disability

All posts tagged disability

The Last Leaves Falling – Fox Benwell

Published November 22, 2016 by bibliobeth

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What’s it all about?:

And these are they. My final moments. They say a warrior must always be mindful of death, but I never imagined that it would find me like this . . .

Japanese teenager, Sora, is diagnosed with ALS (Lou Gehrig’s disease). Lonely and isolated, Sora turns to the ancient wisdom of the samurai for guidance and comfort. But he also finds hope in the present; through the internet he finds friends that see him, not just his illness. This is a story of friendship and acceptance, and testing strength in an uncertain future.

What did I think?:

I read this book quite a while ago now (due to an incredibly long backlog!) and it’s taken me this long to try and collect my thoughts and feelings about it. Even now, I’m not sure if anything I say will make sense or if I can fully describe how this book played on my emotions or write a review that does justice to the beauty and brilliance of this fantastic debut novel but I’ll try my hardest. The Last Leaves Falling is not an easy book to read (emotionally speaking) by any stretch of this imagination and delves into some very murky places but if you’re strong enough to deal with a bit of sadness and despair, there are also a lot of rewards to be had in terms of the importance of love, friendship and family – all very prominent themes in the narrative.

Our main character is the wonderful Sora, who I instantly fell in love with. Sora is seventeen years old and is desperate for the life of a “normal” teenager but he is cruelly prevented from living his life the way he wants because of a terminal neuro-degenerative illness – ALS or Lou Gehrig’s disease that is rapidly progressing through his body. He is now unable to attend school and relies heavily on his wheelchair and his mother to help him perform the menial tasks that we all take for granted, like getting washed and dressed ourselves. This is not only incredibly frustrating for a boy that used to be very active, but excruciatingly embarrassing for a young man of his age.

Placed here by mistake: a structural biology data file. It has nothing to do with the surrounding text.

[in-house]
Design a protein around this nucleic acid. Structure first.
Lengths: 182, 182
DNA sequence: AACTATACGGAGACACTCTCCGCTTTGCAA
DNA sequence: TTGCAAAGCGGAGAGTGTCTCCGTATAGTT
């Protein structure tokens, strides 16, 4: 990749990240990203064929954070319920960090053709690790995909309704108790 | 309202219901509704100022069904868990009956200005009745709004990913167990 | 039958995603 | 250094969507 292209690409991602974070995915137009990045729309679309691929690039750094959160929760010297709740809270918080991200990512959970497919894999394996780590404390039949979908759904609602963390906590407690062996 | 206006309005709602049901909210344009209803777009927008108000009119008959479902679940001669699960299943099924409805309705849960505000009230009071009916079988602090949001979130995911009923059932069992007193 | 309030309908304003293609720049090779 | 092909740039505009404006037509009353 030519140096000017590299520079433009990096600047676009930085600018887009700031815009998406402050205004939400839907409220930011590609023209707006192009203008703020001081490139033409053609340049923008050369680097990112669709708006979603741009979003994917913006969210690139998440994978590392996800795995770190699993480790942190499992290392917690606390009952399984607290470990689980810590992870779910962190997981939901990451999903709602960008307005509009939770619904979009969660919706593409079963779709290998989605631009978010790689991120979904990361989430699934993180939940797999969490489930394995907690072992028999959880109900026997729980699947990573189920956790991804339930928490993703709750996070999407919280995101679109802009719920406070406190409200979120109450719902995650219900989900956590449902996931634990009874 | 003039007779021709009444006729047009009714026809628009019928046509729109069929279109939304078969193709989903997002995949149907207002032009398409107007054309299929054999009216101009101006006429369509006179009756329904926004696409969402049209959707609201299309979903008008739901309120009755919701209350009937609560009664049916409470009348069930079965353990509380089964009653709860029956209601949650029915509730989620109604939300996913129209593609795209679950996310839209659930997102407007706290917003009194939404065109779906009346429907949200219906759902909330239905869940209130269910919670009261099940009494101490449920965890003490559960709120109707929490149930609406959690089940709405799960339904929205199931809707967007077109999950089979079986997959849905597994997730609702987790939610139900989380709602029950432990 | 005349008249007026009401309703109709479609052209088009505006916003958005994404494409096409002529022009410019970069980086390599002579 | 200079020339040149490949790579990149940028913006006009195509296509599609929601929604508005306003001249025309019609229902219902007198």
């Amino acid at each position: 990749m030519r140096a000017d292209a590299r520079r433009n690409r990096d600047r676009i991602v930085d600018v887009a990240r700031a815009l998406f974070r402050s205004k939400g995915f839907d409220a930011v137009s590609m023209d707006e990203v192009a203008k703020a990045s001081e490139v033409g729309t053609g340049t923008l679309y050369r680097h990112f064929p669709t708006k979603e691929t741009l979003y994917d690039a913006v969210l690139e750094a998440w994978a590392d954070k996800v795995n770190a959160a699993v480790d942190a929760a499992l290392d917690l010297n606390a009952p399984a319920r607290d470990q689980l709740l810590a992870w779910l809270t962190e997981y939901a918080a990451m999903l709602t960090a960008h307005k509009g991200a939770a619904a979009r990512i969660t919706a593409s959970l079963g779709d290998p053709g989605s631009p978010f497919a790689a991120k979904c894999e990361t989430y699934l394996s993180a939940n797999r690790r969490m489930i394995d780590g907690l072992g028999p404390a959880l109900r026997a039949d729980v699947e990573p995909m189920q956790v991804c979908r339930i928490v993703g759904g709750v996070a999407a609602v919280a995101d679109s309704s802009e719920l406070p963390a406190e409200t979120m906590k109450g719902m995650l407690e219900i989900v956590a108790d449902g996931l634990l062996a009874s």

Sora spends most of his time online, reading the poetry of wounded samurai and emails he receives which describe an increasing number of individuals in Japan that contemplate or end up committing suicide. This is something he considers thoughtfully and intelligently, imagining how much worse life is going to get for him particularly when the muscles responsible for his breathing also fail him. At the same time, Sora just wants to be like everyone else. He meets two other teenagers online and strikes up a beautiful friendship with both, finally able to talk about normal teenage “stuff,” and not be the young man with a terminal illness. It is through the friendship and love of his new friends, Mai and Kaito that provides Sora with a reason for existing, hope and guaranteed assistance for the end of his life which will be devastatingly all too soon.

There are no words to describe how stunning this book is. From the beautifully drawn characters and their relationships with each other to the imaginative plot which is written in such a spectacular fashion, bringing me close to tears and making me appreciate my own life, friends and family even more. I struggle with a chronic illness myself and often have days when I rail at the unfairness of the world…until this book. Now I just count my blessings. As I mentioned before, it deals with some tough subjects like terminal illness, suicide, end of life care and as a result, was quite heart-breaking to read at many points but infinitely worth it. As a big fan of Japanese culture, I also appreciated the setting which was a refreshing change from other works of YA fiction that are set in the Western world and hugely applaud Fox Benwell for the diversity that was demonstrated in this book in general. I really urge everyone to read this book if you like what you’ve read so far, it’s an emotional journey but one you’ll be so glad you took!

Would I recommend it?:

But of course!

Star rating (out of 5):

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Noah’s Rainy Day – Sandra Brannan

Published March 18, 2016 by bibliobeth

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What’s it all about?:

From birth, Noah Hogarty has lived with severe cerebral palsy. He is nearly blind, unable to speak, and cannot run, walk, or crawl. Yet his mind works just as well as any other twelve-year-old’s—maybe even better. And Noah holds a secret dream: to become a great spy, following in the footsteps of his aunt, Liv “Boots” Bergen.

Now, freshly returned from training at Quantico, FBI agent Liv Bergen is thrown into her first professional case. Working side by side with veteran agent Streeter Pierce, enigmatic agent and lover Jack Linwood, and her bloodhound Beulah, Liv must race to find five-year-old Max—last seen at the Denver International Airport—before this Christmastime abduction turns deadly. Meanwhile Noah, housebound, becomes wrapped up in identifying the young face he sees watching him from his neighbor’s bedroom window, but he can neither describe nor inscribe what he knows.